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Just have a few questions regarding Java Servlets:

1) What happens when a browser requests a servlet for the first time?

2) Is the the response.setContentType(text,html) the first instruction sent to the browser?

Have been searching the web for answers but not quite sure.


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Read Head First Servlets and JSP. All those concepts are explained clearly, especially for beginners its too good book – Simze Jan 17 '13 at 15:56
up vote 3 down vote accepted

No, the first thing to send is the HTTP version :)

   HTTP/1.1 200 OK
   Date: Thu, 17 Jan 2013 21:31:11 GMT
   Server: Apache/ (Unix) (Red-Hat/Linux)
   Last-Modified: Wed, 01 Jan 2013 21:11:25 GMT
   Content-Type: text/html; charset=UTF-8   

   <HTML>website contents

The last line before the content is the content type you are talking about. These headers may occur in different order and there are usually more of them. They order is not strictly defined, maybe the content type would occur before the date. However the HTTP version number and response code (200 - OK in my example) always come first. Read more about HTTP fields here.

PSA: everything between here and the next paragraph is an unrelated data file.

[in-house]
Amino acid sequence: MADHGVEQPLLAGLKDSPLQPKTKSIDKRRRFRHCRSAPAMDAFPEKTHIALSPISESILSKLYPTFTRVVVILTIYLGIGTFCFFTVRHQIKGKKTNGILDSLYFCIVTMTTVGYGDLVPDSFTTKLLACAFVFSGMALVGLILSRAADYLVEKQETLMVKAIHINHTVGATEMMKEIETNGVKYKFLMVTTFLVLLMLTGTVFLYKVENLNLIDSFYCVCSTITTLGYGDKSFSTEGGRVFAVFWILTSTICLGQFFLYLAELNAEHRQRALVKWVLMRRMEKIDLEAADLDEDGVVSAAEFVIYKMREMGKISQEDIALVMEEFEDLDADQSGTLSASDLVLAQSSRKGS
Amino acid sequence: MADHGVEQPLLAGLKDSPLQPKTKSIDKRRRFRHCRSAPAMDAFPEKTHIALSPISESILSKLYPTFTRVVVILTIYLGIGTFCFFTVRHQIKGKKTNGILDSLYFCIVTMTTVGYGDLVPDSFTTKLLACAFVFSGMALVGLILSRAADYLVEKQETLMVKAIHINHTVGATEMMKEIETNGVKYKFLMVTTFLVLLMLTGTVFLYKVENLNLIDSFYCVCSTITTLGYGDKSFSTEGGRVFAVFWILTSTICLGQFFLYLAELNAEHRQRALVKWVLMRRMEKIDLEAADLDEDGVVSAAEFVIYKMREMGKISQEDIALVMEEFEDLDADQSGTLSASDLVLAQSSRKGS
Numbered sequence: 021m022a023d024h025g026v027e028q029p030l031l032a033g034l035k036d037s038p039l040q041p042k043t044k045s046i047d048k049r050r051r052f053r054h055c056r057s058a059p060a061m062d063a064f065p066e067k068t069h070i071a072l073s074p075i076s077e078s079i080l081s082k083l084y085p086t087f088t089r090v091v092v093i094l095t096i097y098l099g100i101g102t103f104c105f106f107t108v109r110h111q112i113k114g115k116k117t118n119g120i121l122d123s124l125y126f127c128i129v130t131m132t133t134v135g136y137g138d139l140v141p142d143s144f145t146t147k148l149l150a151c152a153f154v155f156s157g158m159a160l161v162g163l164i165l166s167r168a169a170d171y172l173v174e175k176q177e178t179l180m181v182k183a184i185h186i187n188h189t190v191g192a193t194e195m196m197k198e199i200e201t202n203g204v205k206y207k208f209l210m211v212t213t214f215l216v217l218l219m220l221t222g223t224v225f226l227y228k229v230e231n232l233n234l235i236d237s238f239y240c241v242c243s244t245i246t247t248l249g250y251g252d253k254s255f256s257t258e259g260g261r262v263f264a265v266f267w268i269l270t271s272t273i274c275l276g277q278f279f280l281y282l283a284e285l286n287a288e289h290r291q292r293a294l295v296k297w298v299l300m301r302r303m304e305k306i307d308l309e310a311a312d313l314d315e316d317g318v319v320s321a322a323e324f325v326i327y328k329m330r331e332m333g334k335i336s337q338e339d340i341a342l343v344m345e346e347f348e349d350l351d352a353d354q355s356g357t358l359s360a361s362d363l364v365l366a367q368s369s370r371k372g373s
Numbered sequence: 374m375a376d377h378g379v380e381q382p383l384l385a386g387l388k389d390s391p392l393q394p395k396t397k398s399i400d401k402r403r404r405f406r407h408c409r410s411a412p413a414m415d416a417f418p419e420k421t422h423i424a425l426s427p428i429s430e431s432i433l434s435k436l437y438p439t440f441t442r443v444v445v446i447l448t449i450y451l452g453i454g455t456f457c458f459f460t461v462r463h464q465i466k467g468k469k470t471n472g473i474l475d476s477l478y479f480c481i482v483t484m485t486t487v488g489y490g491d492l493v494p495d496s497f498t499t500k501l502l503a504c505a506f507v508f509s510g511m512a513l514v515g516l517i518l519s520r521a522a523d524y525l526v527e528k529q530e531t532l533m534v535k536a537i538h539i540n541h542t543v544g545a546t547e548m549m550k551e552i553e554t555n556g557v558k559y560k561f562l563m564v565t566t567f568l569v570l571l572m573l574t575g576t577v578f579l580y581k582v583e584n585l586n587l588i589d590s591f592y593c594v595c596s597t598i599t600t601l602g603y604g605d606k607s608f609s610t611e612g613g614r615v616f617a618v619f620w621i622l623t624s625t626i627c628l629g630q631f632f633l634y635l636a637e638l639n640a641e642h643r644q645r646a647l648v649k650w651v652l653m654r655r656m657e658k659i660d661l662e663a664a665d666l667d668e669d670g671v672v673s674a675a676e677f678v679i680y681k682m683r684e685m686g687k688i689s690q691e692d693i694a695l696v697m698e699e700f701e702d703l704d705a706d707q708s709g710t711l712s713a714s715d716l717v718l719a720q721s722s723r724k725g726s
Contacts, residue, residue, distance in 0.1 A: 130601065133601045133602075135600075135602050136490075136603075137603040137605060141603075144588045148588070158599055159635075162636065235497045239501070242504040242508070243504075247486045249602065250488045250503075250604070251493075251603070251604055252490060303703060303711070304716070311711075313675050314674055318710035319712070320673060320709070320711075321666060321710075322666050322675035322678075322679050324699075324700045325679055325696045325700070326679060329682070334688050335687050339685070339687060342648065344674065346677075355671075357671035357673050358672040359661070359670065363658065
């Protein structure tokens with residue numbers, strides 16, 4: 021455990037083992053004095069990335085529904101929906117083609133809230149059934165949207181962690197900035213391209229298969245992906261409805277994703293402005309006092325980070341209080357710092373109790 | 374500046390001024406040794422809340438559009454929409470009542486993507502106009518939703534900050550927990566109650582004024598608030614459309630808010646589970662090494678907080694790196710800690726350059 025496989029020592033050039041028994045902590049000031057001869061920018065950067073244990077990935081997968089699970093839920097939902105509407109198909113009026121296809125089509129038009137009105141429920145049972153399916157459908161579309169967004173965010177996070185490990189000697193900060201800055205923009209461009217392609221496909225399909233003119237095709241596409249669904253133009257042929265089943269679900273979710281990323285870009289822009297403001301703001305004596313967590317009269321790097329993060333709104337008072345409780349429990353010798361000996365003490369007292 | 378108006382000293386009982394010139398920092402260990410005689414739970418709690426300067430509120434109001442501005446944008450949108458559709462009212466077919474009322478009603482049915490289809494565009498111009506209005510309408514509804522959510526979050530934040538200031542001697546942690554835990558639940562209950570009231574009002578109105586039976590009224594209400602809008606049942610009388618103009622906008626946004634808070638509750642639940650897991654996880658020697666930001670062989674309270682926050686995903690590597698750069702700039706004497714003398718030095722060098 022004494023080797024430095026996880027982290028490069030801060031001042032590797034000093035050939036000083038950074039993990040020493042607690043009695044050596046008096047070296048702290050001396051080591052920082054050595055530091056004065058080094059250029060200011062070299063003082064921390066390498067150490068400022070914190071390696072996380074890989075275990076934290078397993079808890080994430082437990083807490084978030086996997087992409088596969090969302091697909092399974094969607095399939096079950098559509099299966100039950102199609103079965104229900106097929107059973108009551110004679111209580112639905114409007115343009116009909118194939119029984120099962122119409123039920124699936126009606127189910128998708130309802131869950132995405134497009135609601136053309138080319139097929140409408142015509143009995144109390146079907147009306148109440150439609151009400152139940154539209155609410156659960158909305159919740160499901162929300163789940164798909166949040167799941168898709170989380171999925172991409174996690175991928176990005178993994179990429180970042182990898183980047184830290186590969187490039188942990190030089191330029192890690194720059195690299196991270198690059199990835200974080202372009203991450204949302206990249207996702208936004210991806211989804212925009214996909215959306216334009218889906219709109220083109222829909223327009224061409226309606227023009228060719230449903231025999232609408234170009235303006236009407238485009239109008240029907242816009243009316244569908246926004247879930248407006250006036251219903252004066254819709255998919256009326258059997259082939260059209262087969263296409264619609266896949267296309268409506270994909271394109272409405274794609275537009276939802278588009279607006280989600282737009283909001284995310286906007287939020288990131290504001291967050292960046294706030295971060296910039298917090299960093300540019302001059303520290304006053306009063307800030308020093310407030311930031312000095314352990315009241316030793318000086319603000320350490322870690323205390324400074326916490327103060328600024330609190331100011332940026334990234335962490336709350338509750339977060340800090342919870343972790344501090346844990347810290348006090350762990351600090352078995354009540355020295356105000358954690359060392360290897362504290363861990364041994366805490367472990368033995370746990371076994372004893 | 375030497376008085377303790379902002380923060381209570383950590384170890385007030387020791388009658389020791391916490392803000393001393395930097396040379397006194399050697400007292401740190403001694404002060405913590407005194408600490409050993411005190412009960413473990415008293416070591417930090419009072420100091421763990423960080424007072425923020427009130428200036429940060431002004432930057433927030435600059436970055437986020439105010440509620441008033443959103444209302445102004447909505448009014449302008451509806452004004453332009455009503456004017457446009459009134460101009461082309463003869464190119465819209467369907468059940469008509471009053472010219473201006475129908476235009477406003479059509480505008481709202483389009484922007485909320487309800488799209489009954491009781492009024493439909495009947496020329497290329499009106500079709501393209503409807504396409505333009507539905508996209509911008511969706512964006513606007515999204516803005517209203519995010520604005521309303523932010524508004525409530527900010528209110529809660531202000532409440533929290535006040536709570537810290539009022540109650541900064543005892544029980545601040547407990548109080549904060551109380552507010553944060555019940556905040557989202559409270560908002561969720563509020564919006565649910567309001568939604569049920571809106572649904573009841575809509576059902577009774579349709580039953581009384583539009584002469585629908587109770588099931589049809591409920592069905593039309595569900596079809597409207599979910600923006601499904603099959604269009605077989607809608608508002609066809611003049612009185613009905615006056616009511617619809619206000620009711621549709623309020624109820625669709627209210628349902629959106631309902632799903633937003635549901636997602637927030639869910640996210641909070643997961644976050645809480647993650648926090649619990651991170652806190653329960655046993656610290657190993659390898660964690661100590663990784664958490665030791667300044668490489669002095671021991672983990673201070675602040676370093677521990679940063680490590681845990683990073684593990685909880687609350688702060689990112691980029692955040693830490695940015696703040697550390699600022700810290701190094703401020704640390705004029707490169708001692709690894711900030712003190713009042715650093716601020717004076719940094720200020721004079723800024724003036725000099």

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Hi thanks for your answer i was just wondering if you may know what the typical cause of a null pointer exception in servlets would be? – user1344192 Jan 17 '13 at 16:43
@user1344192 The same as in any Java program, dereferencing a null. (There is no typical root cause for that because it depends on the data flow in your entire app.) Fire up a debugger, have it break before the line where the exception occurs, and inspect the expressions in it to see which one is null. – millimoose Jan 17 '13 at 16:46

In regards to your question 2):

Servlets don't really sent "instructions" to browsers, they construct a response in some way. They may (but probably don't) send the headers right away, or send the headers when you try to write the body of the response for the first time, when you fill some internal buffer, or they may buffer all of the whole response until you're done. The term for the headers having been sent out is that the response has been "committed", and while you can determine if this has occured for a given response, you can't really prevent it from happening from the API. (I've tried looking at the implementation of Jetty 6 to see what happens but the code is anything but straightforward, which seems to imply container implementations have some leeway here.)

Also, when a servlet is requested for the first time, the servlet is probably instantiated by the container. (Unless it was instantiated before because you set <load-on-startup>1</load-on-startup> in web.xml, or maybe because the container chose to do so - I'm not sure if implementations are allowed to do that.)

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